The NRA wields astonishing influence on public opinion and election outcomes. It uses incessant propaganda to make the asinine seem reasonable—insisting, for example, that bona fide sportsmen need rapid-fire rifles to bag rabbits. It even defends the liberty of disturbed individuals with violent histories to obtain weapons of mass murder with nothing but twitching greenbacks and bottled fury. On Friday, its top lobbyist said the best response to the problem of school violence is more guns in the schools.
With the financial backing of the lucrative gun industry as well as its 4 million dues-paying members, it keeps politicians cowed and beholden through prodigious lobbying and campaign spending. It is always the loudest voice in the debate over controlling the kinds of guns and ammo that enable enraged men to become mass killers.
Activist groups like the Brady Campaign to Prevent Gun Violence doggedly strive to counter the NRA, but they have few members and operate at a huge monetary disadvantage. If those who believe in controlling dangerous weaponry and ammunition are to succeed, they must forge a broad, sustained grass-roots movement—a movement like those that ultimately enacted tough drunk-driving laws and contained the lethality of Big Tobacco.
Such movements arise only when a critical mass of moderate citizens—those who tell pollsters they "somewhat" favor change—turn definite in their convictions and enroll as activists. And the best recruitment opportunities are moments of public outrage: the Triangle Shirtwaist Factory fire, the Stonewall riots, Kent State University.
We stand at such a moment. A generation from now, history may note that the dominant middle Americans who had only somewhat favored a ban on semiautomatic rifles and somewhat favored background checks for purchases at gun shows finally had enough when a desperately ill young man stormed into Sandy Hook Elementary School in Newtown, Connecticut, with a legally purchased Bushmaster AR-15 .223 semiautomatic rifle and a cache of 30-round magazines and murdered 20 little kids, 6- and 7-year-olds who were learning to spell and subtract and wait their turn.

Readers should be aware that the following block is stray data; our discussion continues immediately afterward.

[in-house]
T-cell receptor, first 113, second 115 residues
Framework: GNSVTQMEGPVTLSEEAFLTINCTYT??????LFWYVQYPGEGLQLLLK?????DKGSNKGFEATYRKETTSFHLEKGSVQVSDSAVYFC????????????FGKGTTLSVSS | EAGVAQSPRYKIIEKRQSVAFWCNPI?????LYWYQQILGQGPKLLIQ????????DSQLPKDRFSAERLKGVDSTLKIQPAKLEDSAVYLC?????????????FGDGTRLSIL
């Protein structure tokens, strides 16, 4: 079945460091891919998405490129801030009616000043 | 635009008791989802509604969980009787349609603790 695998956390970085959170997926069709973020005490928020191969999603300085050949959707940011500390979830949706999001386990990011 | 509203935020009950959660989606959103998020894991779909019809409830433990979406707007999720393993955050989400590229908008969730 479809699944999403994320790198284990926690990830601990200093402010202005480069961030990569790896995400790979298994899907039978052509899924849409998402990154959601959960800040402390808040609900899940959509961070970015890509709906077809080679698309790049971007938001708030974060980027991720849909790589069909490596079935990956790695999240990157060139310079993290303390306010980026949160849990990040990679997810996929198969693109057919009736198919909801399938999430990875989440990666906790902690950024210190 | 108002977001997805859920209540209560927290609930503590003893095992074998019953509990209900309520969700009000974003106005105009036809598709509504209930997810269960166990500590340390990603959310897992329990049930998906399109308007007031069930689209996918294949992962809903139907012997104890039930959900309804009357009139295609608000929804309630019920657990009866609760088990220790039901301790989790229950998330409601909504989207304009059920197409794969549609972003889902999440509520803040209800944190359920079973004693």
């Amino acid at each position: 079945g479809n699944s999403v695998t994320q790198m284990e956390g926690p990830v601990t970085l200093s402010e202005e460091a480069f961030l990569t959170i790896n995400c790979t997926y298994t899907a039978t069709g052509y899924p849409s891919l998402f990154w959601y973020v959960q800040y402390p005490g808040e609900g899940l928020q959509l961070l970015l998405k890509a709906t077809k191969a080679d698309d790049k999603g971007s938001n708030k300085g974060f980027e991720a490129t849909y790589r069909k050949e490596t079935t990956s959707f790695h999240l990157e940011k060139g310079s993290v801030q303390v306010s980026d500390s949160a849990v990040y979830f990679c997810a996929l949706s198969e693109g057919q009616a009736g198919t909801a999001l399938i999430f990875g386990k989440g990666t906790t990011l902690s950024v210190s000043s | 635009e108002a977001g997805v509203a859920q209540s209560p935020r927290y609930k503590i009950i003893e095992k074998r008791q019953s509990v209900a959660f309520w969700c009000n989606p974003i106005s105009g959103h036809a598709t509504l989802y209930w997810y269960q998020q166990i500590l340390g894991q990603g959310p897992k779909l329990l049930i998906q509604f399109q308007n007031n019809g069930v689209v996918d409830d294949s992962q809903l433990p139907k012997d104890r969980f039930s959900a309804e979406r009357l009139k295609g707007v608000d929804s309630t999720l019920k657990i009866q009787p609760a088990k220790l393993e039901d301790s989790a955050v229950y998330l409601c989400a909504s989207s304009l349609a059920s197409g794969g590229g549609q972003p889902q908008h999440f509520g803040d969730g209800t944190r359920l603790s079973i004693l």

An attitude shift has begun. A Pew Research poll released a week after the massacre found that 49 percent of respondents are more concerned with controlling gun ownership while 42 percent say it's more important to protect gun ownership rights. That's a tilt toward control from the poll taken after this summer's mass killing at a theater in Aurora, Colorado.
Even more promising, the true believers—those who make things happen or keep them from happening—now have the upper hand: 42 percent of respondents strongly believe it's more important to control ownership while 37 percent strongly favor ownership rights.
The visceral response is beginning to translate into service: Participation in the online Demand a Plan campaign, which advocates background checks for every gun buyer and nationwide bans on semiautomatic rifles and high-capacity ammunition clips, has soared since Sandy Hook exploded into our consciousness.
By harnessing their outrage, those who have grown weary of witnessing slaughter can make this moment the fulcrum of historic change. Those who ache for the unlived lives and grieving families of Newtown must contribute cash, write to Salem and Washington, gather signatures, and speak out at public meetings.
Dec. 14, 2012, can mark the moment when a critical mass of citizens commanded their representatives to defy the fearsome NRA. That's what it will take to boot the big badass of the beltway.